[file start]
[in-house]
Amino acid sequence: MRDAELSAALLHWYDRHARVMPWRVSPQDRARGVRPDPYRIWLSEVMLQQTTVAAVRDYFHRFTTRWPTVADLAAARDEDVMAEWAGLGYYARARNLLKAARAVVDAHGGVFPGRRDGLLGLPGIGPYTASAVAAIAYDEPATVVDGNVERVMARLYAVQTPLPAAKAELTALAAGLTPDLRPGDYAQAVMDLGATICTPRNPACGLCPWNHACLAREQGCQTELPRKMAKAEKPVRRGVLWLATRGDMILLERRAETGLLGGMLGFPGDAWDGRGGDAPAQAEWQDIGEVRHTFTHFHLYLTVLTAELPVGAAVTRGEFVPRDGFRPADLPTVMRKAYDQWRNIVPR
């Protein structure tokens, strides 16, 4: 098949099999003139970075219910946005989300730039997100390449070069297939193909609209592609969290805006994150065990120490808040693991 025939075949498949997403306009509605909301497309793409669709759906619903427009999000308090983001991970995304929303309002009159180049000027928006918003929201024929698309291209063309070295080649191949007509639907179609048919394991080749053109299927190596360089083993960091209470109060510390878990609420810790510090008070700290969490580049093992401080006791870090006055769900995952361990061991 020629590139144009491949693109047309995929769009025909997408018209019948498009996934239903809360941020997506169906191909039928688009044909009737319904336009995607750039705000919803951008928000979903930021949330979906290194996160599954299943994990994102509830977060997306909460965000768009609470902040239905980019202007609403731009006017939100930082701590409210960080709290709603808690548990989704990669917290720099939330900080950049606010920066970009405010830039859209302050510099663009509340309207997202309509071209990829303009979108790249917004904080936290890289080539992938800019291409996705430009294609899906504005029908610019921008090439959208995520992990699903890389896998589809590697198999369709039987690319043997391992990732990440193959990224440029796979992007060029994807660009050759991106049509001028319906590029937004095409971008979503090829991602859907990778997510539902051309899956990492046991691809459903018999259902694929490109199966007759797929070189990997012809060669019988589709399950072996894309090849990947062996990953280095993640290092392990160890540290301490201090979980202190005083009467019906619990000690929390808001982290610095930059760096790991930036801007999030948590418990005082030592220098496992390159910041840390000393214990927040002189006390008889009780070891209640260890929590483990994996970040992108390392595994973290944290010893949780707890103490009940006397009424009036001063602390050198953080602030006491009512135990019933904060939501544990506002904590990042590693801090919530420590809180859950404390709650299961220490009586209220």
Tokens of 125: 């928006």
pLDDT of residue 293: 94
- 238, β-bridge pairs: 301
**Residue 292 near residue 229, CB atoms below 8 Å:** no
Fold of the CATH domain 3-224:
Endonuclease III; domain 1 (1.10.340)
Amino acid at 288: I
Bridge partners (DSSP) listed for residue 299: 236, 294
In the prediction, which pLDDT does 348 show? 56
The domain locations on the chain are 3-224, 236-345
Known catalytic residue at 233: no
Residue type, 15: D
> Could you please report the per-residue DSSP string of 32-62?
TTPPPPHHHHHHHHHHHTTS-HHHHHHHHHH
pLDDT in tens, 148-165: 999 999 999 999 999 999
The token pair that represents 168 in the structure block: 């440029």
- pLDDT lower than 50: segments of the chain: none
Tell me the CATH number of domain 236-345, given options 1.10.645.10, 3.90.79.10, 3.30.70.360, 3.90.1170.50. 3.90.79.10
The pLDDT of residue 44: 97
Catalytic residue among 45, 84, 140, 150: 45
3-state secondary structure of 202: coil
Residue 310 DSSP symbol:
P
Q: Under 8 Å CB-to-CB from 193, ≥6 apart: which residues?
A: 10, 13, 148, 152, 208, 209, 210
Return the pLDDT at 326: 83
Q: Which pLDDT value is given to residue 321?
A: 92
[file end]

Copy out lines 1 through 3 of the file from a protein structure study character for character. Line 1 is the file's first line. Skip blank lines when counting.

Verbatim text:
[in-house]
Amino acid sequence: MRDAELSAALLHWYDRHARVMPWRVSPQDRARGVRPDPYRIWLSEVMLQQTTVAAVRDYFHRFTTRWPTVADLAAARDEDVMAEWAGLGYYARARNLLKAARAVVDAHGGVFPGRRDGLLGLPGIGPYTASAVAAIAYDEPATVVDGNVERVMARLYAVQTPLPAAKAELTALAAGLTPDLRPGDYAQAVMDLGATICTPRNPACGLCPWNHACLAREQGCQTELPRKMAKAEKPVRRGVLWLATRGDMILLERRAETGLLGGMLGFPGDAWDGRGGDAPAQAEWQDIGEVRHTFTHFHLYLTVLTAELPVGAAVTRGEFVPRDGFRPADLPTVMRKAYDQWRNIVPR
């Protein structure tokens, strides 16, 4: 098949099999003139970075219910946005989300730039997100390449070069297939193909609209592609969290805006994150065990120490808040693991 025939075949498949997403306009509605909301497309793409669709759906619903427009999000308090983001991970995304929303309002009159180049000027928006918003929201024929698309291209063309070295080649191949007509639907179609048919394991080749053109299927190596360089083993960091209470109060510390878990609420810790510090008070700290969490580049093992401080006791870090006055769900995952361990061991 020629590139144009491949693109047309995929769009025909997408018209019948498009996934239903809360941020997506169906191909039928688009044909009737319904336009995607750039705000919803951008928000979903930021949330979906290194996160599954299943994990994102509830977060997306909460965000768009609470902040239905980019202007609403731009006017939100930082701590409210960080709290709603808690548990989704990669917290720099939330900080950049606010920066970009405010830039859209302050510099663009509340309207997202309509071209990829303009979108790249917004904080936290890289080539992938800019291409996705430009294609899906504005029908610019921008090439959208995520992990699903890389896998589809590697198999369709039987690319043997391992990732990440193959990224440029796979992007060029994807660009050759991106049509001028319906590029937004095409971008979503090829991602859907990778997510539902051309899956990492046991691809459903018999259902694929490109199966007759797929070189990997012809060669019988589709399950072996894309090849990947062996990953280095993640290092392990160890540290301490201090979980202190005083009467019906619990000690929390808001982290610095930059760096790991930036801007999030948590418990005082030592220098496992390159910041840390000393214990927040002189006390008889009780070891209640260890929590483990994996970040992108390392595994973290944290010893949780707890103490009940006397009424009036001063602390050198953080602030006491009512135990019933904060939501544990506002904590990042590693801090919530420590809180859950404390709650299961220490009586209220």